Decisions, Decisions

During the past month and a half one of the helicopters my other employer operates underwent all the trials and tribulations associated with a major inspection. This also included numerous component overhauls.

The mission of this machine is multifaceted and in addition to VIP transportation, a significant amount of operating time is devoted to wild game management. We planned to take advantage of this maintenance event to have a company radio installed along with a new portable global positioning system (GPS).

None of my previous aviation lives yielded any significant rotary wing experience so I was looking to this occasion as a learning situation. Fortunately, I work with some very knowledgeable people and most of the technicians employed by the helicopter manufacturer’s authorized service center have more grey hairs than I do. The prospect of installing a radio and GPS during the inspection did not appear to generate any concerns. Like with any other project of this magnitude we devoted a significant amount of time to research and planning. Standard practices used by the airframe manufacturer were reviewed, tech reps were contacted, the work-scope was finalized, and a timetable was created.

Installing GPS system/radio

The portable GPS had been selected on the premise it could be used in the helicopter while surveying various areas as it contained road maps along with geographical highlights and points of interest could be saved as waypoints. In addition to position information, this device could receive digital weather information and pertinent flight advisories that would be displayed to the observer along with warning of power lines. Data base updates can be purchased from suppliers such as Jeppessen for aviation information. There are of course information packages for a road atlas and even nautical charts. In order to load this information in the GPS a patch cord, tethering it to a laptop, is required along with Internet access.

An annual subscription service for XM Satellite Radio is available allowing the helicopter occupants to listen to news, sports, and music. When the aircraft lands, the device could be removed and transferred to an all terrain vehicle which could then return to the noted waypoints at a later time. The plan was to utilize 28-volt aircraft power converted to the 14 volts for primary operating power plus a charging source for the device’s internal battery.

When operating outside the aircraft the battery was intended to allow continuous operation for up to eight hours.


While perusing the accompanying operating manual, I noticed a paragraph written in bold print starting with the word “WARNING.” Of course my previous years of being involved in aircraft maintenance has provided me with keen insight, having learned (in some cases the hard way) that failure to pay attention to such things sometimes can be painful and always expensive. In any case, I figured if I did not read the entire manual, I should at least read that one paragraph. It was outlining the possibility of overheat by the lithium-ion battery along with the possible result of prolonged exposure to heat.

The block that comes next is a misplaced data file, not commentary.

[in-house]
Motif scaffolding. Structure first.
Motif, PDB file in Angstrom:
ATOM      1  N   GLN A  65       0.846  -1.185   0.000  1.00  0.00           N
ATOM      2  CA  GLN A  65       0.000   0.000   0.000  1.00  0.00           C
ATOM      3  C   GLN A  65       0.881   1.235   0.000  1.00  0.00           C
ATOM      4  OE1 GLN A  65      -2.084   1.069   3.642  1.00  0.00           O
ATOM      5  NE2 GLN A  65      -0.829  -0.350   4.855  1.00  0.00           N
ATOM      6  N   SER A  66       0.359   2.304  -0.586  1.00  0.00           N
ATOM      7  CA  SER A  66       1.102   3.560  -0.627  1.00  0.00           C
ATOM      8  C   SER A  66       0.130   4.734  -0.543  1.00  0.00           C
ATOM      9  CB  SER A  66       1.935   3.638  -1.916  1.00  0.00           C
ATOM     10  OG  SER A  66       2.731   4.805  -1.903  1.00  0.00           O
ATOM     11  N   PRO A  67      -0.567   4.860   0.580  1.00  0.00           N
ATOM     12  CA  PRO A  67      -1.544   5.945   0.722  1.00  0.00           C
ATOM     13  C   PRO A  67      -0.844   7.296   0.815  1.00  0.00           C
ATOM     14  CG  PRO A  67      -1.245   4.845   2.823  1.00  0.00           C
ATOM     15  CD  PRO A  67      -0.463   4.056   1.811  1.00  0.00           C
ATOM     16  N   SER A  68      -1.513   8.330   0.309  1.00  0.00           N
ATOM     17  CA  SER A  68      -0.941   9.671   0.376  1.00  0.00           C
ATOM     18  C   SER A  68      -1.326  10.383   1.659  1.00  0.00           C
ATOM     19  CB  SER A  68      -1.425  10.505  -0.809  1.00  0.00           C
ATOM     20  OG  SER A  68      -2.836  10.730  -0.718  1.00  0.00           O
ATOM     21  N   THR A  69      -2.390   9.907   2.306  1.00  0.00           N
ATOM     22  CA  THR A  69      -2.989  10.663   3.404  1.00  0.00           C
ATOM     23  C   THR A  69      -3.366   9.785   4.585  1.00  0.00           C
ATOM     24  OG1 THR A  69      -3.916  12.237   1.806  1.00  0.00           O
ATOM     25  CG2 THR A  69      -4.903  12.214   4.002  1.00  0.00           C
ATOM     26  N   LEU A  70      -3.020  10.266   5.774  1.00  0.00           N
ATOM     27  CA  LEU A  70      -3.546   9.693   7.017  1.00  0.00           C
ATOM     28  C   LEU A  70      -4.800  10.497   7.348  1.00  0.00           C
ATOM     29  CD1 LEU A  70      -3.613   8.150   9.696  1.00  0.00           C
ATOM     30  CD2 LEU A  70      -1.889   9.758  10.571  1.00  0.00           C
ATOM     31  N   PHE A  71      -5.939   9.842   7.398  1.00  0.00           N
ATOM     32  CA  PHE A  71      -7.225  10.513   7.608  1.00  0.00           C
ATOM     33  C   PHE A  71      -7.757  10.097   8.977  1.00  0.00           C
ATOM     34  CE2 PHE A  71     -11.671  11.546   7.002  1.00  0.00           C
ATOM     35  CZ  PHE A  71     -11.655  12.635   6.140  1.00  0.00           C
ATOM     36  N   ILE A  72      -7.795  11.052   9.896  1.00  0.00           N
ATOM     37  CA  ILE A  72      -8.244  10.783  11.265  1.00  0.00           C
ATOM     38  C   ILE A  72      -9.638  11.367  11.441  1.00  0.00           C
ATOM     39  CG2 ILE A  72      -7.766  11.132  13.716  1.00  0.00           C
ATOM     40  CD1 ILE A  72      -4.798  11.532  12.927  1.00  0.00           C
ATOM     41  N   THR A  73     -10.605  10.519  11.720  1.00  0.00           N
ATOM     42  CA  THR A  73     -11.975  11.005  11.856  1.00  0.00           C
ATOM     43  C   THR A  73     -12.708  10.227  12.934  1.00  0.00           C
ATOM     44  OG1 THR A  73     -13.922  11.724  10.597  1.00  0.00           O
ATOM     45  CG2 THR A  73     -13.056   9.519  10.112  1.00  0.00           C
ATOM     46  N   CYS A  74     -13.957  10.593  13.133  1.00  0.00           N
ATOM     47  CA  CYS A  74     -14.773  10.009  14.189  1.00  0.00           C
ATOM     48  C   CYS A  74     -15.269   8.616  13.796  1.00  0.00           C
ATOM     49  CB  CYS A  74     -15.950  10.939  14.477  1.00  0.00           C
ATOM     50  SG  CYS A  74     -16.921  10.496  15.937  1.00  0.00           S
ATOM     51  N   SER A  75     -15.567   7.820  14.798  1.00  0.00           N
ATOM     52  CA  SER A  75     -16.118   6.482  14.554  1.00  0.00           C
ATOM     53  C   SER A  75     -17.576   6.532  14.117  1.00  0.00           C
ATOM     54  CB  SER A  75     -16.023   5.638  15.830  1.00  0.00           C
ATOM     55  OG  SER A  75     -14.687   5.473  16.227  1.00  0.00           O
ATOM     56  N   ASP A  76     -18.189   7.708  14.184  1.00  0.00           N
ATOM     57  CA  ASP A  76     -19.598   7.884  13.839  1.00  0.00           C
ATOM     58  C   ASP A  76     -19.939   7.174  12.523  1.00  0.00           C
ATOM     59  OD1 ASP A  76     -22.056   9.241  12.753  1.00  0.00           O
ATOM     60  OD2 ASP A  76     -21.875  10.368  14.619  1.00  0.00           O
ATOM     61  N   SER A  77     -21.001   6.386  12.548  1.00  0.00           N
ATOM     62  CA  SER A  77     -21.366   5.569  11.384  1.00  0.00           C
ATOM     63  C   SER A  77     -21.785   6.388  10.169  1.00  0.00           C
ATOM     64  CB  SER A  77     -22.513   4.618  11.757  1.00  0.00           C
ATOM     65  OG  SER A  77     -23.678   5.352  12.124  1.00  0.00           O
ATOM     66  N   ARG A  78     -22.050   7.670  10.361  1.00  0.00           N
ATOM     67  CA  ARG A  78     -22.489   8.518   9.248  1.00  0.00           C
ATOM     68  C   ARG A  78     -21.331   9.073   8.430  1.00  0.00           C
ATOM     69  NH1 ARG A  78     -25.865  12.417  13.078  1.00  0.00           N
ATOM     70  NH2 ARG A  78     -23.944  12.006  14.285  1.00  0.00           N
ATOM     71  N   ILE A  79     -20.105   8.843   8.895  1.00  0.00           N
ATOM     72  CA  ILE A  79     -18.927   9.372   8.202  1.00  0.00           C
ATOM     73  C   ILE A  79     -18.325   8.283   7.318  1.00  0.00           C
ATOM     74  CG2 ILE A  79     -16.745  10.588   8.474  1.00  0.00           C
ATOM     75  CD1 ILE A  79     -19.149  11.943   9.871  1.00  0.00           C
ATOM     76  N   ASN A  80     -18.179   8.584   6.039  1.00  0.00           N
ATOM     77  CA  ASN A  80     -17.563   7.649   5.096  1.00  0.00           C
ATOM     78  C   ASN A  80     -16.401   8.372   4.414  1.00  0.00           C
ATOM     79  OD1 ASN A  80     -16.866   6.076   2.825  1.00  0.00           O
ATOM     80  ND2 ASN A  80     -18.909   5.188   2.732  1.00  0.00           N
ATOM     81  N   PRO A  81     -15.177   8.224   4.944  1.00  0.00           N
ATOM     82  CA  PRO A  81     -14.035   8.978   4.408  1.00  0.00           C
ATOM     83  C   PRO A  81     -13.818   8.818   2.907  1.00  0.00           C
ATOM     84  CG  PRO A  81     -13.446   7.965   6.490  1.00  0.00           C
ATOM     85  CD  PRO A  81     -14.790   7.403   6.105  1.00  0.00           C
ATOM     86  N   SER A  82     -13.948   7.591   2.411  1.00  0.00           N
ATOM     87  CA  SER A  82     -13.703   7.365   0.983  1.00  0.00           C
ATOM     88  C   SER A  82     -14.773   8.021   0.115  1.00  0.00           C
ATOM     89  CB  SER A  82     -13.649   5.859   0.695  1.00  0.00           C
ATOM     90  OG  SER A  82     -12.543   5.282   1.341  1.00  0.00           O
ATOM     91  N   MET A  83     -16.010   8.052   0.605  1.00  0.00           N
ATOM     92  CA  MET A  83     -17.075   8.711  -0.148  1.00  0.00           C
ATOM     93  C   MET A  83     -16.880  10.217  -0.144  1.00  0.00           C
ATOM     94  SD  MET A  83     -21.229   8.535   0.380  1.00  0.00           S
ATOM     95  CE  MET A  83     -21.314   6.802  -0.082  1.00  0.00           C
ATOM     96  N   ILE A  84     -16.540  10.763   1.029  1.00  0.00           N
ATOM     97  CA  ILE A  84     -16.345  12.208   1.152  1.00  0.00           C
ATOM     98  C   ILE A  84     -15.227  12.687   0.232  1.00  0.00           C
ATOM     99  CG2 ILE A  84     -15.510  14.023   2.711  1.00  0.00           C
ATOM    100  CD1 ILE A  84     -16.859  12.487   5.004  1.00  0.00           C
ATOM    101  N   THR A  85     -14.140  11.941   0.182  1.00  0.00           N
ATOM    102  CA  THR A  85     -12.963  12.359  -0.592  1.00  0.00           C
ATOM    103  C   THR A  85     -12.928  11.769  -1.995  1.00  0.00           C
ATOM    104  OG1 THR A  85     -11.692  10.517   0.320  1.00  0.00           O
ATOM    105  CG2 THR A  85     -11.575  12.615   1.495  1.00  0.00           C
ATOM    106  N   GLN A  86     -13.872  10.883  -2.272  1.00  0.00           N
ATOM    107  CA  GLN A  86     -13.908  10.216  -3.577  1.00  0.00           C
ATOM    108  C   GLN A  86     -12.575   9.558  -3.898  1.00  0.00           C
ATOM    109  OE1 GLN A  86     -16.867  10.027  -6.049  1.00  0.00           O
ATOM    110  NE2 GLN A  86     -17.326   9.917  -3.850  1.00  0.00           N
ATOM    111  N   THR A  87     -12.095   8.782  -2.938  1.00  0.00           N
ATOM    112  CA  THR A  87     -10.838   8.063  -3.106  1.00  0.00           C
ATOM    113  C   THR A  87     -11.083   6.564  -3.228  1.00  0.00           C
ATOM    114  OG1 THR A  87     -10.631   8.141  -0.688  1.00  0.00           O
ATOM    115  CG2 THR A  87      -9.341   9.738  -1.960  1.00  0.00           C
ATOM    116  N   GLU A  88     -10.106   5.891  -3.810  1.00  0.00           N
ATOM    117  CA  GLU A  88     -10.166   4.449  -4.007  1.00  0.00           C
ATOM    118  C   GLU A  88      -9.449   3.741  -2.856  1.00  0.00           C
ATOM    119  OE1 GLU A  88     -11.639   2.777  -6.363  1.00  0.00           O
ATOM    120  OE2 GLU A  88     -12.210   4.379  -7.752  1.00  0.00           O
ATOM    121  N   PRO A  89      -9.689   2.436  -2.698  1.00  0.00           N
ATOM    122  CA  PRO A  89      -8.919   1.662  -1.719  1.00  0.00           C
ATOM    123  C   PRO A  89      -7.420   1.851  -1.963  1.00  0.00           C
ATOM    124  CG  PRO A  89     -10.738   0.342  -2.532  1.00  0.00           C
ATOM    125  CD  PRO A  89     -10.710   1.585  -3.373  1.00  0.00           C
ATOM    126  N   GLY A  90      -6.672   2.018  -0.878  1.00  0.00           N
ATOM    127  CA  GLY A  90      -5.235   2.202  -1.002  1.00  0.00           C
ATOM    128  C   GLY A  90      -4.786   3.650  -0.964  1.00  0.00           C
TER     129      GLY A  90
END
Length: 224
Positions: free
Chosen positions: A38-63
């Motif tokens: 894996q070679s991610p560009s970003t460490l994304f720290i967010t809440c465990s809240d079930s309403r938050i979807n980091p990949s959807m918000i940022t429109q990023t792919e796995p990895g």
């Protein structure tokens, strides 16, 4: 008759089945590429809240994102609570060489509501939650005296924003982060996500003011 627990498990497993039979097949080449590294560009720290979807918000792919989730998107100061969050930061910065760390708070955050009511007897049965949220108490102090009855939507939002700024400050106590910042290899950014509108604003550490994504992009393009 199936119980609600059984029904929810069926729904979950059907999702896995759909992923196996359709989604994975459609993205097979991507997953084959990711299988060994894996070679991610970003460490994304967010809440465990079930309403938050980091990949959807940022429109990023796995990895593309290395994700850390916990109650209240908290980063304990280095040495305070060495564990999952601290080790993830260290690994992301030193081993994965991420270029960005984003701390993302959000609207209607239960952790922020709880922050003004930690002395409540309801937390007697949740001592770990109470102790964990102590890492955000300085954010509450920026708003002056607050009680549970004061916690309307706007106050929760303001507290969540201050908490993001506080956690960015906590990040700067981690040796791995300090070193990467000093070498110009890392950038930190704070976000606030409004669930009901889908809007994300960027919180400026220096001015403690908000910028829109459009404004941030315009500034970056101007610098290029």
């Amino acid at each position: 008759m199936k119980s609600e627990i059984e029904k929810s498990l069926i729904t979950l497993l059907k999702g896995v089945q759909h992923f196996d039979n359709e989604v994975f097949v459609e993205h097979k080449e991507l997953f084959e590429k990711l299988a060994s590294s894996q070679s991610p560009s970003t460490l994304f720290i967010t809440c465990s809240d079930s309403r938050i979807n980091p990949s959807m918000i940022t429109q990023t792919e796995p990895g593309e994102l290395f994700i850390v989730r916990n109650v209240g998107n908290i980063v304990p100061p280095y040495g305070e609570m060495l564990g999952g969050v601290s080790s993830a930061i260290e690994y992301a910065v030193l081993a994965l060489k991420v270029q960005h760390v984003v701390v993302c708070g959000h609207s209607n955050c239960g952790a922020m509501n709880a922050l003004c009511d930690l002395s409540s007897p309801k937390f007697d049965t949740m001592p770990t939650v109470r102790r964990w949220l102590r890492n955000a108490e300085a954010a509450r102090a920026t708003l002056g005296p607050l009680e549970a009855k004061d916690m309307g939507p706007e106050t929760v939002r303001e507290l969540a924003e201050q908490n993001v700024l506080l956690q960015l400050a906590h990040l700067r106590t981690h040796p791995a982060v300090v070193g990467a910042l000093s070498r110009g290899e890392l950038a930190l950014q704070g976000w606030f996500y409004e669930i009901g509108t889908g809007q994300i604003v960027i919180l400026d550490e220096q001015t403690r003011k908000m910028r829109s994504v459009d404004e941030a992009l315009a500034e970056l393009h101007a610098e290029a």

Gee, we planned to operate this thing in the desert during the summer months. I wonder if that will be a problem? Being a firm believer in Murphy’s Law, I knew it would!

Fire regulations

The Federal Aviation Administration (FAA) has seen fit to issue Advisory Circular 120 – 80 which is titled “In-Flight Fires.” In my opinion this is a piece of information that should be required reading by everyone involved with aircraft. It does contain an area where various flammable substances are listed and recommended types of extinguishing agents to use.

On Jan. 5 of this year the FAA published an additional document related to in-flight cabin fires. This document is in the form of a “Safety Alert For Operators” (SAFO). The subject is specifically in-flight fires caused by lithium batteries. The background of the document reads:

“There have been several occurrences of smoke and fires erupting from failures of lithium-ion batteries such as those used within laptop computers. A more recent incident involved a lithium battery powered portable air purifier which caught fire resulting in injuries to several passengers and diversion of the flight. The NTSB is investigating this incident. Such batteries tend to electrically short and quickly overheat when rapid discharging or unregulated charging occurs. One prominent battery manufacturer, recently highlighted in the media, produces a “regulated” battery type that has been subjected to recalls after several cases where battery failures caused fires. Other battery manufacturers, who produce “unregulated” batteries which provide higher capacity (such as those used in cameras, electronic games, medical equipment, flashlights, air purifying devices, etc.), are not necessarily aware of their vulnerabilities. Thus, the probability for such battery failures resulting from overheating caused by rapid discharging is higher with unregulated types in greater number of uses.”

The SAFO goes on to recommend that all crew members be properly trained in recognizing the type of fire and then choosing a suitable extinguishing method. In the case of lithium batteries, halon will have no effect on the shorting battery but may prevent fire spreading in the surrounding area. Only a category “D” extinguisher will have a positive impact on this type of combustion.

Battery testing research

There are published results derived from FAA sponsored testing of lithium batteries and in summary the results state:

Primary battery major findings

  • A relatively small fire source is sufficient to start a lithium battery fire.
  • The ignition of a single battery produces enough heat to ignite adjacent batteries.
  • Halon 1301 is ineffective in suppressing a lithium battery fire.
  • Batteries of the same type but from different manufacturers exhibit varying flammability characteristics.

The entire report can be accessed on the internet at

Technical Standard Order (TSO) C-179 was issued Aug. 4, 2006 and the purpose states: This TSO affects new applications submitted after its effective date. Major design changes to rechargeable lithium cells and lithium batteries approved under this TSO will require a new authorization. See Title 14 of the Code of Federal Regulations (14 CFR) § 21.611(b). The method of testing these batteries is one of the highlighted items (See table below).